(Above: Michael Canfield taking pictures of Clint Millar riding the fence. On a side note this was one of the first times Clint sessioned the city on his Prody frame. More information on Prody at the Exhibit. Photo courtesy of Anthony Brown.)
(Above: This is what the bank to fence looks like now.)
Southbank Parklands opened 20th June 1992. It was an exciting extension to the old Expo ’88 site which expanded Brisbane’s cultural, educational and recreational precinct. This in turn provided new places for riders to explore, session and learn how protective security was of its new parklands. Still, it didn’t stop anyone from trying and if you were moved on you simply rode another part of the parklands until they moved you on from there. On this particular day we rode the stairs and water features and the ledges along the promenade before they gave us the boot.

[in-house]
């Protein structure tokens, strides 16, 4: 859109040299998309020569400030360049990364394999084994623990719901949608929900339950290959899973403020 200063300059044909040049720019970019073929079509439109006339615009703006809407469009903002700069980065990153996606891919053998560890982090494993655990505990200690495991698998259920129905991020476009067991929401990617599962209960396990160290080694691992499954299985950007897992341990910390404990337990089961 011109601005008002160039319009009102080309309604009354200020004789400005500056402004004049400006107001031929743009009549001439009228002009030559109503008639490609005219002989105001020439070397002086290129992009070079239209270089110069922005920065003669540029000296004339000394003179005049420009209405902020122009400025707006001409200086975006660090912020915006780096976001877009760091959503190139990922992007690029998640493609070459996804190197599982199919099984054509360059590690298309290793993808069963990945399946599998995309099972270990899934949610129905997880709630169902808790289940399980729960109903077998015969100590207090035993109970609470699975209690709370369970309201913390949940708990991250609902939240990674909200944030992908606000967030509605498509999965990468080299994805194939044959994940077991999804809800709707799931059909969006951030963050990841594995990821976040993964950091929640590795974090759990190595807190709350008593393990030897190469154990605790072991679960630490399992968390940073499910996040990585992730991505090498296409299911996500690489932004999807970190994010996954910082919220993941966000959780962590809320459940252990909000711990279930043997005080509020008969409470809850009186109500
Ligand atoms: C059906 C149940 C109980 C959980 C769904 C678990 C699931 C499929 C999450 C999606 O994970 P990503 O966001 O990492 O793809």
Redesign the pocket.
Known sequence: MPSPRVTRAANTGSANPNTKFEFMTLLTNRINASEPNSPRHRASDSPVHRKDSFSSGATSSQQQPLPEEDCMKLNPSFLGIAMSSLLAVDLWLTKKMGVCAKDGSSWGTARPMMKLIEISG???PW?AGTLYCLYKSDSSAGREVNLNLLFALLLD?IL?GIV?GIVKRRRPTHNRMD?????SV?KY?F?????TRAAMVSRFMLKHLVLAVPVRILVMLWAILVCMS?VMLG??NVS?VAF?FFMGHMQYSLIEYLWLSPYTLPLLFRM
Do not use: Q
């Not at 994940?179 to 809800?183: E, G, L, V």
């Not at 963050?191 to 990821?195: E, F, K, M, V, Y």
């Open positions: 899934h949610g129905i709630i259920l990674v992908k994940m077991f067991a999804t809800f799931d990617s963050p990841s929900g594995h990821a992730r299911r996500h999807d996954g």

(Above Top: Left to right – Todd Neville & Conrad Gibbs watch Brad ‘B.T.’ MacDonald hop one of the water features. Above Bottom: The backside from one of Anthony Brown’s photographs. Courtesy of Anthony Brown.)
(Above: Gotta love a man in uniform. Not long after this photo we moved over to Kangaroo Point. Courtesy of Anthony Brown.)
For those of you who don’t know a helmet legislation came info effect in Queensland back in 1991, enforcing all cyclists to wear a helmet. Naturally this didn’t go down too well in the Freestyle community and examples similar Clint’s story became a regular occurrence.
Click here to read Clint’s story!
(Above: Clint Millar – Fenceride, West End 1993. Courtesy of Anthony Brown.)
In my later years of High School I kept a journal. I don’t know why I kept one, but I thank my younger self for doing it. Amongst the usual teenage stuff you would expect to write about, I kept a pretty good account of what our crew did when we went riding.